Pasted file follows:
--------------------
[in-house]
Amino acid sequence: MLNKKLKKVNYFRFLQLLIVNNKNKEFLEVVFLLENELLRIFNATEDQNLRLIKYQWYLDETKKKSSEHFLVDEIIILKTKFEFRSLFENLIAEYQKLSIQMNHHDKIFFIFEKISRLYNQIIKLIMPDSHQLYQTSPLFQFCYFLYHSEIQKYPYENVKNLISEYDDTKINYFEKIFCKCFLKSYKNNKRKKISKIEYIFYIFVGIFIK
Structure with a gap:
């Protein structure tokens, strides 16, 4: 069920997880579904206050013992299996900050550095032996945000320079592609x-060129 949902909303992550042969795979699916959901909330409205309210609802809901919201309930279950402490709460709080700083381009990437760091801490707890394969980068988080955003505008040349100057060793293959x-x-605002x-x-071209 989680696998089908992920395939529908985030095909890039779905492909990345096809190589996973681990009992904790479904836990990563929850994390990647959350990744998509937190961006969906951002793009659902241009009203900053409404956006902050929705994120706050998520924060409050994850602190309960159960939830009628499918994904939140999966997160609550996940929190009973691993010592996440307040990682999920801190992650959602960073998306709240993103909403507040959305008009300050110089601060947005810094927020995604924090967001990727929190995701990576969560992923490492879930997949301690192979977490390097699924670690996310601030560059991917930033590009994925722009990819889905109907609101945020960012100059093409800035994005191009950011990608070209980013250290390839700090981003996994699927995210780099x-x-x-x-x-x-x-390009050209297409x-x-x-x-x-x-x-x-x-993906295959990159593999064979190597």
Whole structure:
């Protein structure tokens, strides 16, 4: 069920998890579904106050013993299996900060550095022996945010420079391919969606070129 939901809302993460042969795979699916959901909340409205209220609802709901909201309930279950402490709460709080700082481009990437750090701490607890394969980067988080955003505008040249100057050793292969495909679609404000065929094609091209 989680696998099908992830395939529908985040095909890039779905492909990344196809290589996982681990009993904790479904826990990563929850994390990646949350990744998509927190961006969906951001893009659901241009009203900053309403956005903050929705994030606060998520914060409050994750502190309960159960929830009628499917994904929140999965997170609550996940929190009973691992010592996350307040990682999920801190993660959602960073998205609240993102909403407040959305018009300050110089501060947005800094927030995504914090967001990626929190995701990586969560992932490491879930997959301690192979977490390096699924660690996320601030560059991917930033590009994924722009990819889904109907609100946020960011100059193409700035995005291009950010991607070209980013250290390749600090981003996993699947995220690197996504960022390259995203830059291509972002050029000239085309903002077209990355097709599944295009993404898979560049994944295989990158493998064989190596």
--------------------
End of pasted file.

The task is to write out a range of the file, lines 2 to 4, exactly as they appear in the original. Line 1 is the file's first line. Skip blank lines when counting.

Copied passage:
Amino acid sequence: MLNKKLKKVNYFRFLQLLIVNNKNKEFLEVVFLLENELLRIFNATEDQNLRLIKYQWYLDETKKKSSEHFLVDEIIILKTKFEFRSLFENLIAEYQKLSIQMNHHDKIFFIFEKISRLYNQIIKLIMPDSHQLYQTSPLFQFCYFLYHSEIQKYPYENVKNLISEYDDTKINYFEKIFCKCFLKSYKNNKRKKISKIEYIFYIFVGIFIK
Structure with a gap:
């Protein structure tokens, strides 16, 4: 069920997880579904206050013992299996900050550095032996945000320079592609x-060129 949902909303992550042969795979699916959901909330409205309210609802809901919201309930279950402490709460709080700083381009990437760091801490707890394969980068988080955003505008040349100057060793293959x-x-605002x-x-071209 989680696998089908992920395939529908985030095909890039779905492909990345096809190589996973681990009992904790479904836990990563929850994390990647959350990744998509937190961006969906951002793009659902241009009203900053409404956006902050929705994120706050998520924060409050994850602190309960159960939830009628499918994904939140999966997160609550996940929190009973691993010592996440307040990682999920801190992650959602960073998306709240993103909403507040959305008009300050110089601060947005810094927020995604924090967001990727929190995701990576969560992923490492879930997949301690192979977490390097699924670690996310601030560059991917930033590009994925722009990819889905109907609101945020960012100059093409800035994005191009950011990608070209980013250290390839700090981003996994699927995210780099x-x-x-x-x-x-x-390009050209297409x-x-x-x-x-x-x-x-x-993906295959990159593999064979190597």